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Nothing that Sasha Janes has choreographed before was remotely as challenging, difficult, or ambitious as his new adaptation of Pierre Choderlos de Laclos’ epistolary novel, Dangerous Liaisons. Temperamentally, he showed his aptitude for the task with his very first piece in 2006, the sensuous Lascia la Spina, Cogli la Rosa. But Dangerous Liaisons, Janes’s first foray into extended narrative, is nearly ten times as long. Clocking in at 55 minutes, Janes’s latest piece certainly courted disaster as the former North Carolina Dance Theatre principal dancer attempted to distill an intricate plot – without dialogue – that develops no fewer than seven major characters. By comparison, the famed movie confrontation between Glenn Close and John Malkovich, with a star-studded supporting cast, seemed sleek and tight when it was edited down to two hours. Pairing the eleven scenes of Liaisons with Dwight Rhoden’s Artifice, first seen in Charlotte at the start of the 2007-08 Season, NCDT closed out its second full season at the Knight Theatre with arguably its edgiest, most technically demanding program ever.
At first, Artifice seems to belong securely in that family of choreography that stems from the muteness of the artform, relying on toys, robots, puppets, and the animal world for their protagonists. Even the nexus of the piece, the Joker Swing King danced by David Ingram, appears clownish in his costuming and robotic in his early movements, while the 10 satellite characters who seem to respond to the Joker’s will and imagination are an electrified harlequinade, sporting similar marionette movement. But Joker tosses off a couple of Chaplinesque moves amid the surrounding carnival, and when a microphone descends from the flyloft, we transition to Las Vegas, where the soundtrack becomes overtly Elvis with an impersonator’s attempt at “Viva, Las Vegas.”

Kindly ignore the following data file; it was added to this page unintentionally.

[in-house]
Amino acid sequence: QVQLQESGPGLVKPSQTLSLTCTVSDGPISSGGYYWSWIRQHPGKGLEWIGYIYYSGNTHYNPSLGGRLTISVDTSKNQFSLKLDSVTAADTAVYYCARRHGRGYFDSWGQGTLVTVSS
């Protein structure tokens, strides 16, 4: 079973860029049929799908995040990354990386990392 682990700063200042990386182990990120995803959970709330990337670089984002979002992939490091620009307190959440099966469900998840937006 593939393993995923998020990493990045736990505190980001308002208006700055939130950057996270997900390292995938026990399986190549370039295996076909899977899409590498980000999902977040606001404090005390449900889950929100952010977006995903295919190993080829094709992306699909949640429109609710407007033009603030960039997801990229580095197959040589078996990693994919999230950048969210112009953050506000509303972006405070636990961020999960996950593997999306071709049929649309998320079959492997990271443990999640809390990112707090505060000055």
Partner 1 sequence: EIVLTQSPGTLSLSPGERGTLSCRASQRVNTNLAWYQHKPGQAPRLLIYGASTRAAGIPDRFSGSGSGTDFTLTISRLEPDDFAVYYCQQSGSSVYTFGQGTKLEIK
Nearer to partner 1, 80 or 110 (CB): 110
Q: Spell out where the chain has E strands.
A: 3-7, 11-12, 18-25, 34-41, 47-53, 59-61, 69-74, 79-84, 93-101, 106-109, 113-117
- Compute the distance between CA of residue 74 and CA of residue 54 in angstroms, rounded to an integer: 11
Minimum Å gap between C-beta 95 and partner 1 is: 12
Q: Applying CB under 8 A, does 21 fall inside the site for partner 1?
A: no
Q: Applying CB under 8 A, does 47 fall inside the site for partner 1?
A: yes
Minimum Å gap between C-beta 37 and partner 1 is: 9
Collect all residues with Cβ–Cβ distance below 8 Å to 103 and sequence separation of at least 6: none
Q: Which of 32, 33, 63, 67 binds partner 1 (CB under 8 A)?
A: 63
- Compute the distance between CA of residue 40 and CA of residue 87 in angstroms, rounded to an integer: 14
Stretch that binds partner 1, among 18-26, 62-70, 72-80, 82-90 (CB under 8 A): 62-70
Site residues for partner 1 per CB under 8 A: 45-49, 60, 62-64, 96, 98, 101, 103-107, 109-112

With composer Michael Daugherty’s Elvis Everywhere in the soundtrack, written for and performed by the Kronos Quartet, the choreography lingered on the outskirts of humanity throughout the “He’s Alive” section, wallowing in the King’s glitz. Among the surrounding dancers, Jamie Dee as Grace unto Blue slinked to the fore as Joker’s girlfriend/nemesis, while Anna Gerberich as Loop Purple Pop stood apart from the other worshipers, strutting out her customary soubrette shtick. Costumes by Sara Jean Tosetti were color-coded to match the character names of the six female dancers – or was it the other way round? – but less distinctively themed after playing cards for the men. As often happened with Rhoden pieces from that period, a curtain came down from the loft to send us into a new segment. Then the mood shifted abruptly to vaudevillian hamminess at the end in Traci Gilchrest’s staging, with a prolonged curtain call studded with bows and blushing curtsies, proving that robotic puppets need applause as much as humans and will do anything to get it.